Quadriplegia is caused by damage to the brain or the cervical spinal cord segments at levels C1-C8. Damage to the spinal cord is usually secondary to an injury to the spinal vertebrae in the cervical section of the spinal column. The injury to the structure of the spinal cord is known as a lesion and may result in the loss of partial or total function in all four limbs, meaning the arms and the legs. An impairment in motor or sensory function of the lower extremities is known as paraplegia. Typical causes of quadriplegic from damage to the spinal cord are trauma (such as car crash, fall or sports injury).
Upon visual inspection of a quadriplegic patient, the first symptom of quadriplegic is impairment to the arms and legs. Function is also impaired in the torso. The loss of function in the torso usually results in a loss or impairment in controlling the bowel and bladder, sexual function, digestion, breathing and other autonomic functions. Furthermore, sensation is usually impaired in affected areas. This can manifest as numbness, reduced sensation or sore burning neuropathic pain.
Quadriplegic is defined in different ways depending on the level of injury to the spinal cord. C1-C4 usually affects arm sensation and movement more so than a C5-C7 injury; however, all quadriplegics have or have had some kind of finger dysfunction.
A person with damage to the spinal cord at the cervical spinal cord segment C1 (the highest cervical vertebra, at the base of the skull will probably lose function from the neck down and require permanent assistance with breathing in the form of a machine called a ventilator. A person with a C8 spinal cord injury may lose function from the chest down, but still retain use of the arms and much of the hands.
The degree of the injury to the cellular structures of the spinal cord is very important. A complete severing of the spinal cord will result in complete loss of function from that spinal segment down. A partial severing or even bruising or swelling of the spinal cord results in varying degrees of mixed function and paralysis. A common misconception with quadriplegia is that the victim cannot move legs, arms or control any of the major bodily functions, this is often not the case. Some quadriplegic individuals can walk and use their hands as though they did not have a spinal cord injury, while others may use wheelchairs although they may still have function in their arms and mild finger movement, this is dependent on the degree of damage done to the spinal cord.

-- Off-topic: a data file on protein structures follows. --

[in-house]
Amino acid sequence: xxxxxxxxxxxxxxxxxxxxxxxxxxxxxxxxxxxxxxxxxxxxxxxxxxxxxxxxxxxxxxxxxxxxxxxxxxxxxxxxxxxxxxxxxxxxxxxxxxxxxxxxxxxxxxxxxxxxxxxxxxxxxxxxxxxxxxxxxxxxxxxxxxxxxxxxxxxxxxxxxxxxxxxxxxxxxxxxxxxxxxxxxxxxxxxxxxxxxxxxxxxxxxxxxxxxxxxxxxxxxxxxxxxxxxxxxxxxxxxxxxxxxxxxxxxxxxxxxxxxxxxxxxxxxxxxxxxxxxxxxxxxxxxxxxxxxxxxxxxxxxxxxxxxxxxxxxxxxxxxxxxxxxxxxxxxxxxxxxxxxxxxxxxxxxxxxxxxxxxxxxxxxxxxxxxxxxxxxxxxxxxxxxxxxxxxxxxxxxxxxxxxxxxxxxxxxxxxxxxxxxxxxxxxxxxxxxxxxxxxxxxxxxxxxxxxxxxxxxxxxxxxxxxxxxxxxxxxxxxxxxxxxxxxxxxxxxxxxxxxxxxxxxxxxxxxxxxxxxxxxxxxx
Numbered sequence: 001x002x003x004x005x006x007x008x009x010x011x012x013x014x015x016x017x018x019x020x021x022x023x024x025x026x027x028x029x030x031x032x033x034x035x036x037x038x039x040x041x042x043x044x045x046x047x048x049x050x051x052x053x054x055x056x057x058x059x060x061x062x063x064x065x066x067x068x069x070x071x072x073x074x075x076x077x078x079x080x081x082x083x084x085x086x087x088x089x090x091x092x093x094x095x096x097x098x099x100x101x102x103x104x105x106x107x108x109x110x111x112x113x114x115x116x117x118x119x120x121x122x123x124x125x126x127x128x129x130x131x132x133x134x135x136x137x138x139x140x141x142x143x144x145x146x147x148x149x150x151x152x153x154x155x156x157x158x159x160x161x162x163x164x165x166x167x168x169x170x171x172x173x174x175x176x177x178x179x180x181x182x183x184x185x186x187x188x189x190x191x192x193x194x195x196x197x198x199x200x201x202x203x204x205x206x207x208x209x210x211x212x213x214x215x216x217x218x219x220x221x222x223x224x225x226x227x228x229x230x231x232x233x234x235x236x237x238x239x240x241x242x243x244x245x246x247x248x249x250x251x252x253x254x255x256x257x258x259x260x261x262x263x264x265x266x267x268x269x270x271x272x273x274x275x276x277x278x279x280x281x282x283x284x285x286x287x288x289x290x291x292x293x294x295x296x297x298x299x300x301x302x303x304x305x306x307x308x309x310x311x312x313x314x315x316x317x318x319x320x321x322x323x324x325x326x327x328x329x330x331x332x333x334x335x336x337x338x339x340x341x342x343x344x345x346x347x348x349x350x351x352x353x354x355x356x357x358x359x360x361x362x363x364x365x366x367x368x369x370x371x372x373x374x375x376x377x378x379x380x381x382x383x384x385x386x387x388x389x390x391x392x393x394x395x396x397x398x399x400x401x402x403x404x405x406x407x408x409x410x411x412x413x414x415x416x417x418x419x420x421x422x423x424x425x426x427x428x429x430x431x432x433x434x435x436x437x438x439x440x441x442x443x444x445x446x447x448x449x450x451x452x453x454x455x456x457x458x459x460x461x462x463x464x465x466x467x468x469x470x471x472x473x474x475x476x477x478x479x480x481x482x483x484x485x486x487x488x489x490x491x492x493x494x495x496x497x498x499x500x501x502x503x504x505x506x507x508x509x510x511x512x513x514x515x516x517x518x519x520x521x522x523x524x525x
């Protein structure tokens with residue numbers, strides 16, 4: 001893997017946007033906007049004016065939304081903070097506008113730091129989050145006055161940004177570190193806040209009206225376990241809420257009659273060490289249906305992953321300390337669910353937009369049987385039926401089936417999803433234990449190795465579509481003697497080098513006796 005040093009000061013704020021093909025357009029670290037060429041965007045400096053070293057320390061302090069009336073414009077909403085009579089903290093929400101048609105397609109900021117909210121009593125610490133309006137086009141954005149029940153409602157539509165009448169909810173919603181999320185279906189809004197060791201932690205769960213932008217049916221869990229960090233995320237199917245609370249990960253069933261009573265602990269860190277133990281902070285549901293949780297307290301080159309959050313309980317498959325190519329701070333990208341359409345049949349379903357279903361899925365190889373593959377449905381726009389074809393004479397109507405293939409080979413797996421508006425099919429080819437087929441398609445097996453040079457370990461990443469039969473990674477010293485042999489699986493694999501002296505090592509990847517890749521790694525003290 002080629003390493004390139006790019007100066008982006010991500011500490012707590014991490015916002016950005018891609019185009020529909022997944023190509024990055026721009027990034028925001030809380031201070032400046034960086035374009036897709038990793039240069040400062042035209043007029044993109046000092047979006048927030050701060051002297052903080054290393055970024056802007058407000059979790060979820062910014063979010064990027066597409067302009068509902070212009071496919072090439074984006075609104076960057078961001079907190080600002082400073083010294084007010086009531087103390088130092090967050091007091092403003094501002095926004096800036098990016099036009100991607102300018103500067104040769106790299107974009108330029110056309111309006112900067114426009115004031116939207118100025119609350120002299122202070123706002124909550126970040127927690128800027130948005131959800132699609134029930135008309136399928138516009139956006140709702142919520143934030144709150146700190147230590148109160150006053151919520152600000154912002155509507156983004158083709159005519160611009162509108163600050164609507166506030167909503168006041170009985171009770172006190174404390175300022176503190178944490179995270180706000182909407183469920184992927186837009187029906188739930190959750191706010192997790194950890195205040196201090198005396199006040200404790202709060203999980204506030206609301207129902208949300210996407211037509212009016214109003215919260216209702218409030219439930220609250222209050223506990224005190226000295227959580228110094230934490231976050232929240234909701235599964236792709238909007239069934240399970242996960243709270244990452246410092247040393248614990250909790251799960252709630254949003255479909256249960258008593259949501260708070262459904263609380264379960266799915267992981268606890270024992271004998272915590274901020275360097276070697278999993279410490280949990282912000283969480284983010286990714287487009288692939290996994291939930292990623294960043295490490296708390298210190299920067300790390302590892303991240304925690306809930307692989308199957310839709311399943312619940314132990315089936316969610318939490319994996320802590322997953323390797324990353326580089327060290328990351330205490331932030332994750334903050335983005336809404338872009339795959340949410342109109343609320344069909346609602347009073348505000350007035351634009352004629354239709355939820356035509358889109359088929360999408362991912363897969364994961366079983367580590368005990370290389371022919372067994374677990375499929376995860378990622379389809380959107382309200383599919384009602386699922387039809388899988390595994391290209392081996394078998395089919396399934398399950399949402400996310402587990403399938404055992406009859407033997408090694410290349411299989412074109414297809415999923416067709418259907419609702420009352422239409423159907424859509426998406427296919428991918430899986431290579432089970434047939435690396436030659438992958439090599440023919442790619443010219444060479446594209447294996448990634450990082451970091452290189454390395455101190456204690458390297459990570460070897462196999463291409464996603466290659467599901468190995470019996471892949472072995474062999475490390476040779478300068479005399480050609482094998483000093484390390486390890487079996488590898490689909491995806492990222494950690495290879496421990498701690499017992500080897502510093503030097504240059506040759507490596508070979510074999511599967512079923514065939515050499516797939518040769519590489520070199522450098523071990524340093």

Patients with C-1 and C-2 lesions may have functional phrenic nerves. In these cases, implanted phrenic nerve pacemakers can be used, and pacing of the diaphragms may be simultaneous or alternating. If secretions are not a problem, tracheostomies may be plugged or discontinued. Less equipment may be needed for C-1 and C-2 patients than for C-3 and C-4 patients.
C-5 Quadriplegics have functional deltoid and/or biceps musculature. They can internally rotate and abduct the shoulder, which causes forearm pronation by gravity. Wrist flexion is similarly produced. They can externally rotate the shoulder and cause supination and wrist extension. They can bend the elbow, but elbow extension can only be produced by gravity, or by forceful horizontal abduction of the shoulder and inertia or shoulder external rotation.
C-6 patients have musculature that permits most shoulder motion, elbow bending, but not straightening, and active wrist extension which permits tenodesis, opposition of thumb to index finger, and finger flexion. Wrist extensor recovery is common in C-6 patients, but its return can be delayed. Tenodesis orthoses support tenodesis training early in recovery. Wrist-driven flexor hinge splints permit pinching strength, needed for catheterization and work skills. Short opponens orthoses with utensil slots, writing splints, Velcro handles, and cuffs permit feeding, writing, and oral facial hygiene.
C-7 patients have functional triceps, they can bend and straighten their elbows, and they may also have enhanced finger extension and wrist flexion. As a result, they have enhanced grasp strength which permits enhanced transfer, mobility, and activity skills. They can turn and perform most transfers independently. They can propel a manual wheelchair on rough terrain and slopes, and may therefore not need a powered wheelchair. They may drive with a van and specialized equipment. They can perform most daily activities, they can cook and do light housework, and therefore they may live independently. They may, however, require assistance for bowel care and bathing.